Time and money.
Those are the two things I am able to trade for the goods and services I’ve come to depend on in my daily life. In some cases, those two forms of payment are interchangeable. Pay for a taxi or wait for the bus. Hire a handy man or fix it yourself. Buy it at the store or craft it at home. Most of us make these decisions everyday based on our current allotment of time vs. money. For me, with my net income dwindling in the negative I am investigating life based solely on time currency. If I have learned anything from unemployment so far, it’s that I have a lot of time on my hands, and I might as well put it to good use.
Something I seem to be running across more and more in my efforts to live my life with minimum expenses are businesses that take money out of the equation. They take direct manpower for their services, allowing people like me, who have a surplus of time, to trade work for all the other things I need/want. Back in Denver, I heard of a restaurant called Café 180 where you can “pay” for lunch by either giving what you can or trading an hour of volunteer work. Here in Boston there is a dance studio where you can trade an hour of
work for an hour of dance class. Then there’s WWOOF or World Wide Opportunities on Organic Farms, where people have travelled the world exchanging their labor for a place to stay and some food.
With all these options, I sometimes think I may never need another job. In a way, money is just a way to keep track of previous investments of time. Then again, the convenience and versatility of cash money is not something I could give up lightly.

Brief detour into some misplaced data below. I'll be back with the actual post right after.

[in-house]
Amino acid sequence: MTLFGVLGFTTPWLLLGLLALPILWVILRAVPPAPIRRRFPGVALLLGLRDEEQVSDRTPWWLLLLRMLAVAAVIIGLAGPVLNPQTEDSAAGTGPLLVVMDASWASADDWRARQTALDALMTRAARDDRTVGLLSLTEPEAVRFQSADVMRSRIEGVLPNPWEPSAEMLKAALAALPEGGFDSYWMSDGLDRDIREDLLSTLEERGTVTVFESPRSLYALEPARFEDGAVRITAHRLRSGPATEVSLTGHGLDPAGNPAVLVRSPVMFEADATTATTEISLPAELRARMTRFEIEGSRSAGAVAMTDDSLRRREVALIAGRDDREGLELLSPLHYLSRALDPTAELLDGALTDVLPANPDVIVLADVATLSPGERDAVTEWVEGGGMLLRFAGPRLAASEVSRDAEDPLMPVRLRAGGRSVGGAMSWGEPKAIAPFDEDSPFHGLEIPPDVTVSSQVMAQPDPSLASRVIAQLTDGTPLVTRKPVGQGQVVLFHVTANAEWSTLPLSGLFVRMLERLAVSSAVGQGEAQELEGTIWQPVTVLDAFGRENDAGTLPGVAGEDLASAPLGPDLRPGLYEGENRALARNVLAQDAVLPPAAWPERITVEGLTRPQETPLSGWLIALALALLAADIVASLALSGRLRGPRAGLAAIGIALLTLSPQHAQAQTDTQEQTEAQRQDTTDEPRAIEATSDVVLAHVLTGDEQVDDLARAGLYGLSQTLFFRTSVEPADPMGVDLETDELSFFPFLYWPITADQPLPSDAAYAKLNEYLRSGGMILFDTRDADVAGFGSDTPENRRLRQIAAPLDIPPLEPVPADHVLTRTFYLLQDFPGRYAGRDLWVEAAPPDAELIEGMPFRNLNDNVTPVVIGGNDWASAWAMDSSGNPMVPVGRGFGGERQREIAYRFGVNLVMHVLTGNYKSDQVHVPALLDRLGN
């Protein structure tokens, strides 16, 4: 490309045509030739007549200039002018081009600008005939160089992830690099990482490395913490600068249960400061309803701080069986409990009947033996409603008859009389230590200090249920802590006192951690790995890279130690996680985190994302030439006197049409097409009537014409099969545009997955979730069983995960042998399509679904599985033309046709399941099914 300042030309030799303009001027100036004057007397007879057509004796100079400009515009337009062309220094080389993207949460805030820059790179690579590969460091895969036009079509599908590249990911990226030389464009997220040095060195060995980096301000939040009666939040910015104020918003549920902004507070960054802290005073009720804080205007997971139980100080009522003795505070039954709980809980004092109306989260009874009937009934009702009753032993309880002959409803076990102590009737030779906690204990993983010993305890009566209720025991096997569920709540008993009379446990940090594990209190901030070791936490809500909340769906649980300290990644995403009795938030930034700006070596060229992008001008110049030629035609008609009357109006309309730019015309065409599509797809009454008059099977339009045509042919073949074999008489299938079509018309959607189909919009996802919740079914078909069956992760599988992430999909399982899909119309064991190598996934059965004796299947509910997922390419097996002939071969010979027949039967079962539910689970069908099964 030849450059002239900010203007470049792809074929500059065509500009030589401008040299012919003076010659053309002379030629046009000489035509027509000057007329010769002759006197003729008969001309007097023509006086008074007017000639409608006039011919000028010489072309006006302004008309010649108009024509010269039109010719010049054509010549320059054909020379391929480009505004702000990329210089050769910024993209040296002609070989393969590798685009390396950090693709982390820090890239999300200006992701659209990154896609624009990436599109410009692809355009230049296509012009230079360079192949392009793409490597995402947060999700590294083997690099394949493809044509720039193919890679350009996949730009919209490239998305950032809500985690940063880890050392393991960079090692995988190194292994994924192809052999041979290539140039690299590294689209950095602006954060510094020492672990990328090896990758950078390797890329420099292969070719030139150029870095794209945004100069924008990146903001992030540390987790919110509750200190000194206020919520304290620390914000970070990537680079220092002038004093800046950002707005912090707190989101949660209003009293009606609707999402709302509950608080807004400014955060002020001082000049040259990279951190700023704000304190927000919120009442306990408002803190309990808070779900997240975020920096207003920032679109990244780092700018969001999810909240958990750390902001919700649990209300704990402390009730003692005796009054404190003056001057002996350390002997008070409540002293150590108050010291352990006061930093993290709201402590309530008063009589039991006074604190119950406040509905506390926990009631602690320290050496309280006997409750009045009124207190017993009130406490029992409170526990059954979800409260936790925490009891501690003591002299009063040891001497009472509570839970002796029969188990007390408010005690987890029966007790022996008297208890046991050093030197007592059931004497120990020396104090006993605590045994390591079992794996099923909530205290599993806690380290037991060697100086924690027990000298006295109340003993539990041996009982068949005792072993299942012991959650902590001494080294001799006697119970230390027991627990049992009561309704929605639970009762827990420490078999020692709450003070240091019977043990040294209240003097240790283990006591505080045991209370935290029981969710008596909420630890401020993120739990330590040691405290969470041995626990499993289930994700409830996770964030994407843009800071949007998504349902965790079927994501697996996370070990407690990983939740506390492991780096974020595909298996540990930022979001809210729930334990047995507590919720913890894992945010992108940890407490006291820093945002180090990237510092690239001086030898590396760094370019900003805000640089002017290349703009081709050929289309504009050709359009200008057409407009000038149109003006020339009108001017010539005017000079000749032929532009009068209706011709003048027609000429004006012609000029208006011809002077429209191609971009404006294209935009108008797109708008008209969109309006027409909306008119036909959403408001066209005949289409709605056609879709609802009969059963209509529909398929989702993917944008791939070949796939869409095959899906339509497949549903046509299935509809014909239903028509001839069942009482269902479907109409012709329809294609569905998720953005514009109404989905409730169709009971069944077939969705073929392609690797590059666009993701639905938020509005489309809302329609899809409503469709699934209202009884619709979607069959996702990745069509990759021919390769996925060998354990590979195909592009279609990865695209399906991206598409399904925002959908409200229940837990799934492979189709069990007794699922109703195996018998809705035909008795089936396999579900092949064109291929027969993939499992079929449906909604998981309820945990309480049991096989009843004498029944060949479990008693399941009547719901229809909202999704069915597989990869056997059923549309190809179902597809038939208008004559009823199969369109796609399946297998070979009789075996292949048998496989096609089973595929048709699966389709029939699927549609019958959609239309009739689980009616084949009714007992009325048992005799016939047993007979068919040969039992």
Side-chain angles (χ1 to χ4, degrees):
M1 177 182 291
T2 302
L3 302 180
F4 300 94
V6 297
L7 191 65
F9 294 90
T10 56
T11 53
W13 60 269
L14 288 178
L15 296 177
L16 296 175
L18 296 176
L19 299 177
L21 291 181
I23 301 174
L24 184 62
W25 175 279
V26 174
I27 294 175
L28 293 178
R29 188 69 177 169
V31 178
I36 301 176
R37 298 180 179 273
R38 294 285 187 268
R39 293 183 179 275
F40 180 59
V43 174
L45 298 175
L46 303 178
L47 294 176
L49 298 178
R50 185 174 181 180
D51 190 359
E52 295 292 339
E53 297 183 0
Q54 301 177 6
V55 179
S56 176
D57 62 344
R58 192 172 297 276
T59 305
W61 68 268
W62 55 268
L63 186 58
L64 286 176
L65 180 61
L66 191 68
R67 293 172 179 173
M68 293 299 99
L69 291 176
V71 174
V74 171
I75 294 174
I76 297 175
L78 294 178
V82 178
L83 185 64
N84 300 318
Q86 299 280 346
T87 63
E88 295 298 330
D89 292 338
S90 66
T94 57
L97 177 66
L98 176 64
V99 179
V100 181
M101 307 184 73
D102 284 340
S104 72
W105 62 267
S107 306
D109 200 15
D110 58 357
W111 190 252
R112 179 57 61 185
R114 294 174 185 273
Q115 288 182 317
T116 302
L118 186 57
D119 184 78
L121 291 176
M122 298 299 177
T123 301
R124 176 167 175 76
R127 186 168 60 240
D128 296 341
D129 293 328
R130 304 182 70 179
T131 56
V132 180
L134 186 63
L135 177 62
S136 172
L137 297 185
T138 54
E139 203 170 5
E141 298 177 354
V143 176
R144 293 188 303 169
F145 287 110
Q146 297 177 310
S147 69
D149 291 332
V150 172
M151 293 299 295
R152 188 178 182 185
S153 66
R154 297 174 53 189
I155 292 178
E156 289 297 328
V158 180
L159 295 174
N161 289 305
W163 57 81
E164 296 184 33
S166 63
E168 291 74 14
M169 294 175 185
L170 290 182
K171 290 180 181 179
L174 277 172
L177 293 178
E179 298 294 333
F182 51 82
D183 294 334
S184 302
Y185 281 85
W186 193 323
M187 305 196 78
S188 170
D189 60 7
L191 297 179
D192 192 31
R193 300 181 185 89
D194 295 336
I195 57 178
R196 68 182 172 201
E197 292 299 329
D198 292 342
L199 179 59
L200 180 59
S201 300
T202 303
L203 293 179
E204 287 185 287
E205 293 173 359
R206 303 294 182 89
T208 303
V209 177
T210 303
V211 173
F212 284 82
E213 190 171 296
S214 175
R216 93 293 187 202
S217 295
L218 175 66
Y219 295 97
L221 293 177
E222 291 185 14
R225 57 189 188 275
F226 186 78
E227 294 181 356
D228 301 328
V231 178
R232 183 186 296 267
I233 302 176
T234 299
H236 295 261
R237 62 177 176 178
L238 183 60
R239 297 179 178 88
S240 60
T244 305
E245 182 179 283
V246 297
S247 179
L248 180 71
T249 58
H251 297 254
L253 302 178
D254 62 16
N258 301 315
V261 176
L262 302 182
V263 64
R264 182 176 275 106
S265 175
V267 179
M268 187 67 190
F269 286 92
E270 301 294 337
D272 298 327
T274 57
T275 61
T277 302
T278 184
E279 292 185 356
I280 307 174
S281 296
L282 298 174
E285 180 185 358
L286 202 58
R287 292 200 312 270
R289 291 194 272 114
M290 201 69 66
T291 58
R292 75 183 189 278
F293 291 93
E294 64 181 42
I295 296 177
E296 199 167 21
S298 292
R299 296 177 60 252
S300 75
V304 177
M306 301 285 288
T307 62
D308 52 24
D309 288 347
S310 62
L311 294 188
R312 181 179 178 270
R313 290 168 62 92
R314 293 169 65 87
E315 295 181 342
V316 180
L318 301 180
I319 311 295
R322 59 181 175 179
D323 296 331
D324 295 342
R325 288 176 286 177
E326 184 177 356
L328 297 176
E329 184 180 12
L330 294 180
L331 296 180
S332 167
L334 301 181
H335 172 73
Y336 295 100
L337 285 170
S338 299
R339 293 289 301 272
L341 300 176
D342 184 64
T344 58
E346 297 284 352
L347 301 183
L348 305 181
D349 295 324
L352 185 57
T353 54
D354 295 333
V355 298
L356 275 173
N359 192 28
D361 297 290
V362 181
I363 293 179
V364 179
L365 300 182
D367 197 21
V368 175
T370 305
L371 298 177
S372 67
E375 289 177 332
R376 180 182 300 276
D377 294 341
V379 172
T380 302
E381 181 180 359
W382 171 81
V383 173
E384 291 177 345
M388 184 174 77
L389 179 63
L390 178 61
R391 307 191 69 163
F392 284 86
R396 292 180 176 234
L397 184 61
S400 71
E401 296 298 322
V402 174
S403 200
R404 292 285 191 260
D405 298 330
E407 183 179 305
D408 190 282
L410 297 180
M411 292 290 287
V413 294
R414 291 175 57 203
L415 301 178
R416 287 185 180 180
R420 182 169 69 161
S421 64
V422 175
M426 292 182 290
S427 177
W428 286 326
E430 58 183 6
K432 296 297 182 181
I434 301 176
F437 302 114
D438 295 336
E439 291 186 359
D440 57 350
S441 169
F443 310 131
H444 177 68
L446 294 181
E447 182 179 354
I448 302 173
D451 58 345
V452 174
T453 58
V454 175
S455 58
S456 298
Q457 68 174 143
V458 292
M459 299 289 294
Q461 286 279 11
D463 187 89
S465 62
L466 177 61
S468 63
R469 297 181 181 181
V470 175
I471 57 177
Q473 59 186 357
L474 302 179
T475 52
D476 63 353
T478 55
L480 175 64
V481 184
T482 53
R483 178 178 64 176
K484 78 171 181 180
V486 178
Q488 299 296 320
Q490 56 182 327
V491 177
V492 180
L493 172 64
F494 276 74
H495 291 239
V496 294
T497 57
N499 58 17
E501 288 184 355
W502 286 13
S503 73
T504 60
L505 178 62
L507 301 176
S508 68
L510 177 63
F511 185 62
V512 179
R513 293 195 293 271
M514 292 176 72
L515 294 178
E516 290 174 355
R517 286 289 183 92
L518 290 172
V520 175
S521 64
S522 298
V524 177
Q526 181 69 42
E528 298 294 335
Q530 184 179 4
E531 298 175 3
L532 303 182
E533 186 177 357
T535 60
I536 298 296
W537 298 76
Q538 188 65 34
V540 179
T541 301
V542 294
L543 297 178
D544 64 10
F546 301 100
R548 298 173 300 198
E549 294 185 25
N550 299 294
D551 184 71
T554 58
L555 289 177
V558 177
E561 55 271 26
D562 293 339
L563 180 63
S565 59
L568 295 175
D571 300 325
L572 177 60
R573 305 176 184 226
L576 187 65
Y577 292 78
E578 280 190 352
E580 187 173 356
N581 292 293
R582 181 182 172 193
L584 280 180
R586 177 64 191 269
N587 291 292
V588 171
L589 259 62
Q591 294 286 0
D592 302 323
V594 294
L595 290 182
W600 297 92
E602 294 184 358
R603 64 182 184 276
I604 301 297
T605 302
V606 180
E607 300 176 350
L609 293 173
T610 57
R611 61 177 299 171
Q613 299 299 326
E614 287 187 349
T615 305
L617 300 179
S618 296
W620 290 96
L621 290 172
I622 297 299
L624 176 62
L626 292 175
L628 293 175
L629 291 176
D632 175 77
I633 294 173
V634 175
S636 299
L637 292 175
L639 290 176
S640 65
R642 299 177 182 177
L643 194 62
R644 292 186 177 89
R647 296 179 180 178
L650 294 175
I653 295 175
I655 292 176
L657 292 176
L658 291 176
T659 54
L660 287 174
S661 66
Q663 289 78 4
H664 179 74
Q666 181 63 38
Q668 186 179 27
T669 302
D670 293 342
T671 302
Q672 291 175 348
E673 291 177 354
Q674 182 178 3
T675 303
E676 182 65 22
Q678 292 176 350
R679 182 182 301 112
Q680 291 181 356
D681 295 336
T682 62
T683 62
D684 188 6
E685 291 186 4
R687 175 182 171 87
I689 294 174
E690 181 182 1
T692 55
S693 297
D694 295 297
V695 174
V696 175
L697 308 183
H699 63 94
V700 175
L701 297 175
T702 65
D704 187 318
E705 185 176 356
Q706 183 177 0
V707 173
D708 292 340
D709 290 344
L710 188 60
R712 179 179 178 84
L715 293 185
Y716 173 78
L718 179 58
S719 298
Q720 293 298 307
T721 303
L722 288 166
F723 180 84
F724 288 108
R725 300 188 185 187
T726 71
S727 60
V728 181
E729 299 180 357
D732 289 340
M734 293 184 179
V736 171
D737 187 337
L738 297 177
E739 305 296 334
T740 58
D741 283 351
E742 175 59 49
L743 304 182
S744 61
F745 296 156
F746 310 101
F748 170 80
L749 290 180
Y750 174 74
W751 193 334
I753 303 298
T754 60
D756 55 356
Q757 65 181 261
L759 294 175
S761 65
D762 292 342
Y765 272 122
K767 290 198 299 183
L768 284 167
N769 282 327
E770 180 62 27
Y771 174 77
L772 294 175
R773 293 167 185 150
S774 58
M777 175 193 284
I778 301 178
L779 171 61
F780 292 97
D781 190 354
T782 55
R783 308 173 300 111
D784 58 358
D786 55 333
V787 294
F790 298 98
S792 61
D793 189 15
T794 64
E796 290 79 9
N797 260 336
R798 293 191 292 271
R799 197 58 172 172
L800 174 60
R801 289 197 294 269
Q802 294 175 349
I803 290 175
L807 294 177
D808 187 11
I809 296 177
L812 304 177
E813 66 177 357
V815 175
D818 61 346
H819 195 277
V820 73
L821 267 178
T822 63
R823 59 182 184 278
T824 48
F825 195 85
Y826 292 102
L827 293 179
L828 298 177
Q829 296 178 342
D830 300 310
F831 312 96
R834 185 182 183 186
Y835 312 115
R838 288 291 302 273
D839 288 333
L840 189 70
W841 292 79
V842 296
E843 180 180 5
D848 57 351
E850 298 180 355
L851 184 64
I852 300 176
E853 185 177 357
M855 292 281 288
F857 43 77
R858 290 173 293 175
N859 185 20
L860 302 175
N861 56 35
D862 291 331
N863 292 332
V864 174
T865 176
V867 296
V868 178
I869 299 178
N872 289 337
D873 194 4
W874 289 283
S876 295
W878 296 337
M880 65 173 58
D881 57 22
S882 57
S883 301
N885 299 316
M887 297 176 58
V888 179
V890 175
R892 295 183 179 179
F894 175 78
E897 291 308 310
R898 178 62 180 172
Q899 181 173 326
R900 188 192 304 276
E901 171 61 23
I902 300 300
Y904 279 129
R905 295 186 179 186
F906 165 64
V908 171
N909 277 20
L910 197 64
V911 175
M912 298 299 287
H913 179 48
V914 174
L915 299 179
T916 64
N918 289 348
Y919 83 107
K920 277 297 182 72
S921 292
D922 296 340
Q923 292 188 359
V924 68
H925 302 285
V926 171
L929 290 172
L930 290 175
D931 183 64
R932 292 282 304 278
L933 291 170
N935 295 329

Another helpful use of time that has benefitted me in the past is volunteering in general. I’ve gained a number of both obscure and sometimes useful skills from offering up my relatively unskilled labor. In high
school, I learned to use a cash register volunteering at the local resale store then later was able to apply to be a cashier in a grocery store. Not big on the scale of life skills but it certainly got me the job over several of my other unskilled colleagues. Now I am hoping to volunteer some time with either my local library and/ or the nearby Planned Parenthood office with the hopes that my time investment will help me get paid to be in these industries at a later date.
The last and arguably most fun use I have found for my time in unemployment land is learning. In the past week, I have learned how to do laughter yoga, how to make tomato zucchini fritters and how to make chai tea
from scratch. I’ve learned to play telephone Pictionary and seen “The Wire” for the first time. I’ve discovered two new restaurants and a great bookstore in my neighborhood. And I’ve met four new people, two of whom offered to keep an eye out for a job for me.
Now while I can’t be sure that any of these things will lead to a job or help me develop a marketable skill, they do encourage me to continue working on myself while nor otherwise working. I could research skills to gain that would give my resume more of a competitive edge, or look for classes that could help me hone the talents I already have. Either way I’d like to start thinking of my unemployment as a workshop— a time dedicated to self-development, self-discovery, and who knows what else. Hopefully, this change in thinking will help brighten the next few unknown months ahead of me.